How doI go about charging an individual with an assault charge they committed months ago?

UPDATED: Oct 10, 2011

Advertiser Disclosure

It’s all about you. We want to help you make the right legal decisions.

We strive to help you make confident insurance and legal decisions. Finding trusted and reliable insurance quotes and legal advice should be easy. This doesn’t influence our content. Our opinions are our own.

UPDATED: Oct 10, 2011Fact Checked

Get Legal Help Today

Compare Quotes From Top Companies and Save

secured lock Secured with SHA-256 Encryption

How doI go about charging an individual with an assault charge they committed months ago?

My wife assaulted me months ago but I told the police nothing to try and protect her. I realize in hindsight that this wasn’t the best idea. Months ago she committed both an emotional and sexual affair and defamed my name by telling the adulterer and all her friends that I was a physically abusive husband. She would say that I pushed her into walls and tables and that I would hit her or smack her around; it caused all of her friends opinions of me to be that I was an unfit father/husband. All of this is untrue.

Asked on October 10, 2011 under Criminal Law, Texas


B.H.F., Member, Texas State Bar / FreeAdvice Contributing Attorney

Answered 11 years ago | Contributor

If you had an opportunity to press assault charges against your wife several months ago, but chose not to and said that nothing happened, you can still try to file a complaint with your local law enforcement agency.  Essentially, you make an appointment with the agency to report the offense or continue with the charges that you initially considered pursuing.  However, do not confuse your ability to file charges with the potential for success.  If you told the police several months ago that nothing happened, then those statements will be used against you now.  Even though it seems somewhat unfair, this is a constant frustration for prosecutors who handle domestic violence claims where victims frequently refuse to pursue charges by claiming that “nothing happened”.  Once a victim commits themselves to a story, the prosecutor is usually stuck with the first version, absent some compelling reason.  You seem frustrated by your wife’s current gossiping and defamation, rightfully so, but that type of action on her part is not usually considered a compelling reason for a prosecutor to pick a case back up after a victim has chosen to drop charges.  So your first step is to try to see if the law enforcement agency and prosecutor’s office will pick the charges back up again.  If that doesn’t work, you may be left with only civil options, like filing for a divorce and seeking a restraining order as part of the divorce action.  A family law attorney may be able to help you with both issues if they are familiar with the law enforcement agencies in your area.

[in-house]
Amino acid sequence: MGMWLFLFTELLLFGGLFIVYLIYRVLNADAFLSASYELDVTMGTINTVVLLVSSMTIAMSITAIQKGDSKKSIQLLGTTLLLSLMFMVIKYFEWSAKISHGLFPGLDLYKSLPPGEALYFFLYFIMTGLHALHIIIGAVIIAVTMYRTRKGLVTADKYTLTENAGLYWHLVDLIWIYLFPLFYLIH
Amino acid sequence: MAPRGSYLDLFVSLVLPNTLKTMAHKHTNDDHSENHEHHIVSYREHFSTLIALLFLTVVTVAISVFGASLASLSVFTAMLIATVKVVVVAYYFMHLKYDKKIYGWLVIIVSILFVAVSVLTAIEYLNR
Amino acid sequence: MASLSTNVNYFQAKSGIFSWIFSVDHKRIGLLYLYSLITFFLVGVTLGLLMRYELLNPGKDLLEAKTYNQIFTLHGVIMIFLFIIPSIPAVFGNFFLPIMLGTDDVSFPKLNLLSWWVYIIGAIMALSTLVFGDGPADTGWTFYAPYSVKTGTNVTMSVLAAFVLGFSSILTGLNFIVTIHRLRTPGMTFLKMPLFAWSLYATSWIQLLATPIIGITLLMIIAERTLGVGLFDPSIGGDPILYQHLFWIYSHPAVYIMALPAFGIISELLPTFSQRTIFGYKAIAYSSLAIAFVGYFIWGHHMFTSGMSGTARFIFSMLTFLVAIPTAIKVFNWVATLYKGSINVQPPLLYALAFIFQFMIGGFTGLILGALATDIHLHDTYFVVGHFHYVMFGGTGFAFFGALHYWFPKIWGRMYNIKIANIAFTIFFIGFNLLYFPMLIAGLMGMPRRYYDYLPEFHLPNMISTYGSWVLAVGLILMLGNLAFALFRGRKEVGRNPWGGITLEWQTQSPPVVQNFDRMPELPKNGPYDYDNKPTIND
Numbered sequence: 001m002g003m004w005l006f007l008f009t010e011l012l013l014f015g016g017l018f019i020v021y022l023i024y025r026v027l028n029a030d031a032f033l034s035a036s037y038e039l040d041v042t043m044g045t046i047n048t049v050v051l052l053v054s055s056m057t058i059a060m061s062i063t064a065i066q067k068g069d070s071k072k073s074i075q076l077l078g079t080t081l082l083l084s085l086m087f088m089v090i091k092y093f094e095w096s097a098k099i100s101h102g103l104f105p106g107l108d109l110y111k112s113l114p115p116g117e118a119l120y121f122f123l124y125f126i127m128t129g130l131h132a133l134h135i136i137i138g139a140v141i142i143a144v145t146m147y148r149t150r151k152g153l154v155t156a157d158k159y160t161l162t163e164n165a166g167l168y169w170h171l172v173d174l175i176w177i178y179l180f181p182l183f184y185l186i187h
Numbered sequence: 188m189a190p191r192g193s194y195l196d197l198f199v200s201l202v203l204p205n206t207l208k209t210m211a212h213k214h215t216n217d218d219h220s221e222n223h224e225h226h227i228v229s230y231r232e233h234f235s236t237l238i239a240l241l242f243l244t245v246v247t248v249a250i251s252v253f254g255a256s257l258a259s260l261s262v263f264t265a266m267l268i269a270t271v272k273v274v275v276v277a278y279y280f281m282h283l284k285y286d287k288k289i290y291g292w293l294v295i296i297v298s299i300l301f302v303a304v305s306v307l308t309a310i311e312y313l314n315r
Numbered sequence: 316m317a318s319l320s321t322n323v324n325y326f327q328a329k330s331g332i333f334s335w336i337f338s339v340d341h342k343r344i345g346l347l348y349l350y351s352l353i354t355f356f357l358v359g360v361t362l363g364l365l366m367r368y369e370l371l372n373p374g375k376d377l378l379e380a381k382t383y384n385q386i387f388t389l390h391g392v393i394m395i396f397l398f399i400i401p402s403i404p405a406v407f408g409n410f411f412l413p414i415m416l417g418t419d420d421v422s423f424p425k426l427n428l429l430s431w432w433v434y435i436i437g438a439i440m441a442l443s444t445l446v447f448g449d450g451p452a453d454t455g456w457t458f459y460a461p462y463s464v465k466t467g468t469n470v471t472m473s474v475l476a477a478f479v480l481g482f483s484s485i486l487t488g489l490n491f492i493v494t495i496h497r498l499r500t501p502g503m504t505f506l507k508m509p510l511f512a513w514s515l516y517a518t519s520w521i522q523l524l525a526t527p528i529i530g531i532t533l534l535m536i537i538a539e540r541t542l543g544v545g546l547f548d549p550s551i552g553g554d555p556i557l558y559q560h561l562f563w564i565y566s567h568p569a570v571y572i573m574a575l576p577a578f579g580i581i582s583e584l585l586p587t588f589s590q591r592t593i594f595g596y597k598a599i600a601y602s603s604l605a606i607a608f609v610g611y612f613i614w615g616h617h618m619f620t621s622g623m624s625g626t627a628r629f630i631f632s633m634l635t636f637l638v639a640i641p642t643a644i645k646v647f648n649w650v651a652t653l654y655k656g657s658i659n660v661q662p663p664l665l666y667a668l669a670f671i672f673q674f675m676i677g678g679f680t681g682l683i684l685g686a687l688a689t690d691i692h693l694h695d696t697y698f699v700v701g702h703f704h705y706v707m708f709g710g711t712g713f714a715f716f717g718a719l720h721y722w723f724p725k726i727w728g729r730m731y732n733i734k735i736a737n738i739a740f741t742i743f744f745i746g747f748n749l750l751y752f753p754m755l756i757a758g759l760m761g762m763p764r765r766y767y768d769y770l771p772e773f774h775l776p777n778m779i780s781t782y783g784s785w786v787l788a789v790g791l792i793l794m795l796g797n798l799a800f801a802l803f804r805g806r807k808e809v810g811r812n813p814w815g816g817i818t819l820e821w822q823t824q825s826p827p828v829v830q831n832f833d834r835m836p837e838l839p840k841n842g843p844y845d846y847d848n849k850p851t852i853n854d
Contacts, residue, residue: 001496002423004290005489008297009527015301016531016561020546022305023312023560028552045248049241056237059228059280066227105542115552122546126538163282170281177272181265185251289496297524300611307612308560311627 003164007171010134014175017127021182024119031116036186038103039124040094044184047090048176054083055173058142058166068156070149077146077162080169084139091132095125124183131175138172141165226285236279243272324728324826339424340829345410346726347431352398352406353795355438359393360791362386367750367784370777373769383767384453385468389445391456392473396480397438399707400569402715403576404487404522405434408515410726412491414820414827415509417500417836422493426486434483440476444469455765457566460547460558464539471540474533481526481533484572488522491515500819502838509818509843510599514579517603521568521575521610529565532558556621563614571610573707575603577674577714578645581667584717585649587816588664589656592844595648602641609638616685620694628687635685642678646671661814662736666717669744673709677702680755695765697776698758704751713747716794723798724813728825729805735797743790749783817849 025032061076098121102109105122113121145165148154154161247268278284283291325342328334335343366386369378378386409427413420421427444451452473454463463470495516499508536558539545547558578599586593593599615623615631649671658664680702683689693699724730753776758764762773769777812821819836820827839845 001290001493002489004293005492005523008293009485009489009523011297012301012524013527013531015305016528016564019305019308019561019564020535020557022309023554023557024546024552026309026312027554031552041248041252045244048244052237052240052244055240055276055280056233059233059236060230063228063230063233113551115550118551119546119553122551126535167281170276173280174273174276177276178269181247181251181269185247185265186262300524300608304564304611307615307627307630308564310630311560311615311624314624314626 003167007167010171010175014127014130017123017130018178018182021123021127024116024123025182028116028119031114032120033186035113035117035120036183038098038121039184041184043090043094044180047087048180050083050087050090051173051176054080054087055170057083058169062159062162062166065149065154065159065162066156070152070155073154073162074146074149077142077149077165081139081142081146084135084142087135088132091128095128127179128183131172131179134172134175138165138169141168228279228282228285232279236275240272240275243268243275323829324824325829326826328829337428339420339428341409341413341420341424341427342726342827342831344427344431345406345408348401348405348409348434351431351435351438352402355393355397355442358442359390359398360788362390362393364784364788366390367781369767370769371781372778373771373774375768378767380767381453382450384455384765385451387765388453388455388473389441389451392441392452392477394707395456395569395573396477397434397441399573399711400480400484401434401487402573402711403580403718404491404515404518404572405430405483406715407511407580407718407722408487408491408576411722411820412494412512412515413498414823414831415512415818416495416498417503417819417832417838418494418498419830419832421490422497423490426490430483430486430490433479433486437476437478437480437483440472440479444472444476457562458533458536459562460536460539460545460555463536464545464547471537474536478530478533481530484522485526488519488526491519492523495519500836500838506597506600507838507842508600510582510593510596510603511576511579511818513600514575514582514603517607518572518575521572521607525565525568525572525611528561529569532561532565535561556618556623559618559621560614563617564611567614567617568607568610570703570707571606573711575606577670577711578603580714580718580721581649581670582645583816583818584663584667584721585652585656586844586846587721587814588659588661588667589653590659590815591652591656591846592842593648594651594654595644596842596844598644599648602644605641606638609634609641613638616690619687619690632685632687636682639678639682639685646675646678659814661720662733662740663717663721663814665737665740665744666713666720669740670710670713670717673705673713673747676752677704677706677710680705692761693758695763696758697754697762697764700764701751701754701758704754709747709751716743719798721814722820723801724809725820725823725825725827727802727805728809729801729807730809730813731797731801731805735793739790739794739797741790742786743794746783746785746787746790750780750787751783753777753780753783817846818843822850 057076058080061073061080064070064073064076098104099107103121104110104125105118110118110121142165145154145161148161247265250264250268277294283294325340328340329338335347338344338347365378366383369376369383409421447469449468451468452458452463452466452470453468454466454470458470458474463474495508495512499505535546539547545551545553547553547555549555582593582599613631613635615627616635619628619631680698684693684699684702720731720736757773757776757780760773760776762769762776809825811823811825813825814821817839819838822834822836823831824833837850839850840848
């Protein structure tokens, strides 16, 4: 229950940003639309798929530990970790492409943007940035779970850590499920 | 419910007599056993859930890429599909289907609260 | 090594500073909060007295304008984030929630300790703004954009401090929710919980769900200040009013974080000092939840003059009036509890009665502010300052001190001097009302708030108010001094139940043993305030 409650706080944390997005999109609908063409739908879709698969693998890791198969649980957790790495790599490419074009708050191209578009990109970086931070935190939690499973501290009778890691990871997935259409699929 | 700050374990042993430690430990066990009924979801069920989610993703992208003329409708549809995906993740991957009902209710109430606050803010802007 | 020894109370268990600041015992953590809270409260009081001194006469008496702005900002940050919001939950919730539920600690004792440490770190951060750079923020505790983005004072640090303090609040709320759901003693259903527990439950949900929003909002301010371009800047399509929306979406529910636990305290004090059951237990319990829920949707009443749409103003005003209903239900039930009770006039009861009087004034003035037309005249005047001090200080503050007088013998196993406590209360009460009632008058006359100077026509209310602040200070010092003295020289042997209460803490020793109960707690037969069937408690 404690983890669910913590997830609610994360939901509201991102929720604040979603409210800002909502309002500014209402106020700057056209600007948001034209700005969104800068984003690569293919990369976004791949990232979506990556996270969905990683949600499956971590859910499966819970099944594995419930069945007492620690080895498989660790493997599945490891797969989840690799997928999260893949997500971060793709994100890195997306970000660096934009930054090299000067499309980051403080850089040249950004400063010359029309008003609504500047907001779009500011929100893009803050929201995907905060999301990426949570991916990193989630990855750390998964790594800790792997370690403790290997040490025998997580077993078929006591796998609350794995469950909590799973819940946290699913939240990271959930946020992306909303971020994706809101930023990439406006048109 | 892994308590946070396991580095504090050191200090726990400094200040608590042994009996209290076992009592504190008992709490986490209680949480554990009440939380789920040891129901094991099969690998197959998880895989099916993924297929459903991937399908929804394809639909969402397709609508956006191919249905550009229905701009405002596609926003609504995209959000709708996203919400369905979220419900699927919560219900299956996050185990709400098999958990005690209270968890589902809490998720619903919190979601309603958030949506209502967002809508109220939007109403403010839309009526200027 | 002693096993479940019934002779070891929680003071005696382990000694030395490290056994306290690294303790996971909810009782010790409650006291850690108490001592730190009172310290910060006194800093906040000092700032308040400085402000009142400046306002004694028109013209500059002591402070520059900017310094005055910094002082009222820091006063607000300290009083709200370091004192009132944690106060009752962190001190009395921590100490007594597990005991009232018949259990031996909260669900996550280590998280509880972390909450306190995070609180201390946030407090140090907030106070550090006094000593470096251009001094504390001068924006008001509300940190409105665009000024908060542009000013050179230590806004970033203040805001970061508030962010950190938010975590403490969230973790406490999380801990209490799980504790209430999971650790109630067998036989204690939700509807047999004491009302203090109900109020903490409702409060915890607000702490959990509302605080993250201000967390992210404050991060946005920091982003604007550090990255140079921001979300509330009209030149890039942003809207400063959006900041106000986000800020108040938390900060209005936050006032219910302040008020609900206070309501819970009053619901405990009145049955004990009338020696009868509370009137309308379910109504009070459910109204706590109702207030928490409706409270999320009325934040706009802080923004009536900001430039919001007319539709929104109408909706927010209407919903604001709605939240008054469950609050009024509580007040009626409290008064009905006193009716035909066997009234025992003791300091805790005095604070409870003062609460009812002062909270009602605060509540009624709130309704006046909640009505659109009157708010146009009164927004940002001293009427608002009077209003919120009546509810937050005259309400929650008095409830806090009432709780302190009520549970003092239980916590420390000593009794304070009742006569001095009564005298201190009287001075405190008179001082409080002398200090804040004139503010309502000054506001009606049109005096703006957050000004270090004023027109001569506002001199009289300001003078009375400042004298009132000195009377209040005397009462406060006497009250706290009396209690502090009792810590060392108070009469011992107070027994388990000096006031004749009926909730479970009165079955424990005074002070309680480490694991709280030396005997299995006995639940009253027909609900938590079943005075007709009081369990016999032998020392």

IMPORTANT NOTICE: The Answer(s) provided above are for general information only. The attorney providing the answer was not serving as the attorney for the person submitting the question or in any attorney-client relationship with such person. Laws may vary from state to state, and sometimes change. Tiny variations in the facts, or a fact not set forth in a question, often can change a legal outcome or an attorney's conclusion. Although has verified the attorney was admitted to practice law in at least one jurisdiction, he or she may not be authorized to practice law in the jurisdiction referred to in the question, nor is he or she necessarily experienced in the area of the law involved. Unlike the information in the Answer(s) above, upon which you should NOT rely, for personal advice you can rely upon we suggest you retain an attorney to represent you.

Get Legal Help Today

Find the right lawyer for your legal issue.

secured lock Secured with SHA-256 Encryption